Whoa, times change fast in the world of Countdown...since when has that guy from Sky Sports been presenting it?!





I didn't even know it was still on TV!

Paul W

April 6, 2009, 3:47 am

@smc8788 - Going off-topic, but Jeff Stelling's been there for a while. Do you also know that Carol Vorderman no longer co-presents either. Apparently the new show's not doing too well in the ratings also.





@Orinj - Thanks for clearing that up. I've heard that Panasonic TV's run adverts in their EPG, but didn't realise the recorders did too. The last DVD/Hard-disk recorder I had was a Sony which was pretty good. I wonder how this Panasonic stacks up against a similar Sony.

Grimboyd

April 6, 2009, 1:26 pm

And yet another HDD/DVD freeview recorder without twin tuners!

Isaac Sarayiah

April 6, 2009, 2:30 pm

You don't really need twin tuners as most tv's these days come with a built in freeview tuner so you can still record while watching another program.

Orinj

April 6, 2009, 2:53 pm

@Pbryanw - Interestingly, I sold the Panasonic EX79 to buy a Pioneer DVR-LX61D which I am much happier with. It uses the same user layout and functionality as the Sony models and I also have a Sony RDR-HXD870. Both models have their quirks that don't make them perfect but I still prefer them to the Panasonic. It's just disappointing that the remote controls for the Pioneer and Sony have too many buttons compared with the Panasonic and so finding basic controls such as pause and time skip are a bit tricky in the dark.

Jmac

April 6, 2009, 5:51 pm

When you pay 𧷐 for a device, you really don't expect to be fobbed off with ads in the EPG. Not cool, Panasonic!





@Isaac Sarayiah - dual tuners are essential for me. I never use the tuner in my TV (in fact it isn't even connected to an RF cable), because - having been a PVR user for a couple of years now - I hate not being able to pause and rewind live TV. I use my PVR in chase mode a lot, especially on commercial channels where I can start watching say 10 minutes late and then catch up by fast forwarding the ads. Also it is useful to be able to record two things at once, perhaps while also watching an existing recording.

Steve 12

April 7, 2009, 5:06 pm

@John Mclean - exactly, i too always watch in chase, especially the gadget show so i can fast forward over the irritating presenters :)





"new is an advanced control system that activates the fan only when the unit gets too hot" - it's called a thermostat

M. Long

May 3, 2009, 6:01 am

I thought the primary benefit of having twin tuners is that you can record two programmes on two different channels at the same time... Anyway, can anyone tell me how the upscaling performance of these Panasonic recorders compares to the upscaling of standard DVD on a Panasonic Blu-ray player? I'm trying to make my mind up. Thanks!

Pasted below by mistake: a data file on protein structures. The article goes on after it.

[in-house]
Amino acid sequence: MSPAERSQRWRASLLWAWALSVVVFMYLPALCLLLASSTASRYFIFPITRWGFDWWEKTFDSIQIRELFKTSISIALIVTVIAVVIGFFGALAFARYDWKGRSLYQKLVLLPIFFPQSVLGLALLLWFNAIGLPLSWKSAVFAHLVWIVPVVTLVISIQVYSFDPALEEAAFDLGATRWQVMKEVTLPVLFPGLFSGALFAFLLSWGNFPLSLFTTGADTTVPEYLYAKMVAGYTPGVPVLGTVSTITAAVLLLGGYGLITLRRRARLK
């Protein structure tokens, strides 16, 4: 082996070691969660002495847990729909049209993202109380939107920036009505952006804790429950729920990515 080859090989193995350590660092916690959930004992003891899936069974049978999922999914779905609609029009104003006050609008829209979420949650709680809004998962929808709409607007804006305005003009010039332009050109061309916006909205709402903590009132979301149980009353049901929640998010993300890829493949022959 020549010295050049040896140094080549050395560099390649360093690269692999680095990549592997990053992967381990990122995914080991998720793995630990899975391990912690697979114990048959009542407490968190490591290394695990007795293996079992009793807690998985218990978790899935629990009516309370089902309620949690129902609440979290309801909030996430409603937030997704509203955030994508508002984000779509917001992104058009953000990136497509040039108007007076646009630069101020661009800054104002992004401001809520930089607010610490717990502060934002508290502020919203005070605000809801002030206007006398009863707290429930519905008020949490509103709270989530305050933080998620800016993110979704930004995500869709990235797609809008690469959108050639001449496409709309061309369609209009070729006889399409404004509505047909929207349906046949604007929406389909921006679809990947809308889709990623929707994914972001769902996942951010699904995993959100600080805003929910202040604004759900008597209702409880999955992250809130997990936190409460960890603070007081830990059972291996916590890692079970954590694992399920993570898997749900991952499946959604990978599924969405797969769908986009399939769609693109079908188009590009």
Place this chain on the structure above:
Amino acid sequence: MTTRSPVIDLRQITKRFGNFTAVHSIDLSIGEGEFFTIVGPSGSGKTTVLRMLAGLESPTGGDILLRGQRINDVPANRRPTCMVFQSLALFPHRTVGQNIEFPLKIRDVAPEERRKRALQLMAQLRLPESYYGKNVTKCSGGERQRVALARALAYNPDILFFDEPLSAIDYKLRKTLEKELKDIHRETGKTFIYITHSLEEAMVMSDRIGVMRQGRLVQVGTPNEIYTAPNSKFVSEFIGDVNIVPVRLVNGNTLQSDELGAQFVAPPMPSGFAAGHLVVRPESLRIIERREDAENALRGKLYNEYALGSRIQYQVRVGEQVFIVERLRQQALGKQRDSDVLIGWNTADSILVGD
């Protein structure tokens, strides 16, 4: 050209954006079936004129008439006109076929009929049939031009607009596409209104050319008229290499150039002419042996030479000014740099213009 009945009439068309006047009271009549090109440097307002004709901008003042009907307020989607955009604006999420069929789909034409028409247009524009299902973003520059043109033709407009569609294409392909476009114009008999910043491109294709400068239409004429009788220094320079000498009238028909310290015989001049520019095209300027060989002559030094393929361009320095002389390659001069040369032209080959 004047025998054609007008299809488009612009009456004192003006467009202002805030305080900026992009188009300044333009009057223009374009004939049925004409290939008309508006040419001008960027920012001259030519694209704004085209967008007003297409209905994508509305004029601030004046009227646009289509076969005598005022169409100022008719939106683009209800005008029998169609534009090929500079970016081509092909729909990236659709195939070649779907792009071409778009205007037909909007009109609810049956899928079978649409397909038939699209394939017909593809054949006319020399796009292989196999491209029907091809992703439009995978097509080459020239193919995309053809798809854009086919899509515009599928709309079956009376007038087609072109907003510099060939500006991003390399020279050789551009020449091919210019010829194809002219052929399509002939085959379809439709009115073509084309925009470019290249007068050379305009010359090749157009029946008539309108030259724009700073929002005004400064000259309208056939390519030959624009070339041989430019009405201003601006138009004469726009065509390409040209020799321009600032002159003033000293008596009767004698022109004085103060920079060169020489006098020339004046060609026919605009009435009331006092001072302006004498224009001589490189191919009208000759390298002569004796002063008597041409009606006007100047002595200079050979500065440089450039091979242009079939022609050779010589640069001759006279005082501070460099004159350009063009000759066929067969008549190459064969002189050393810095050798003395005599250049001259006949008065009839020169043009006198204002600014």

robin 3

December 3, 2009, 2:34 am

I have just bought this model and installed it. The manual is the worst I have ever seen and using it has lived up to the expectations of the manual. Nothing much seems to work, it has only a single tuner so you cannot record two programs at once or watch one and record another. Afetr trying a few options the menu does not work and it does not seem possible to reset it back to a default situation. The instruction to reset is to press and hold simultaneously up and down on a rocker switch. Previously we had a Sharp for half the price it did have two tuners and worked reasonably well until the digital changeover when it stopped getting the EPG and failed to record anything. The panasonic is going back to John Lewis as soon as we can get there.

Geoff Richards

December 3, 2009, 5:24 am

@robin - the fact this model only has a single tuner, rather than dual tuners, is clearly stated on Page 1, and again in the Verdict.

Clive Richards

January 15, 2010, 4:40 pm

I was all set to buy one of these to complement my panasonic plasma TV until I saw that it had only one tuner - that is just unbelievable since even the cheap end PVRs mostly have this....some say not important if you have freeview on the TV - true if you only want to record one programme but what if you are setting up advance recordings and some programmes overlap - a product of this price should have a second tuner ...end of!

Samuel

February 1, 2010, 7:14 pm

Very useful analysis. I like specially the pictures to show menus, and your detail about the onscreen banners, because nobody informs about "on the fly browsing"


I was sharing a flat in which we had a 10 year old decoder (ABQ) with which you could browse time and other channels on the fly, without changing the channel. I loved this system but don't find any DVB machine that has this possibility, except old philips interface


Would be grateful if any of you told me models of TVs and DVB decoders with this possibility, my email is samuel_sc_o@yahoo.com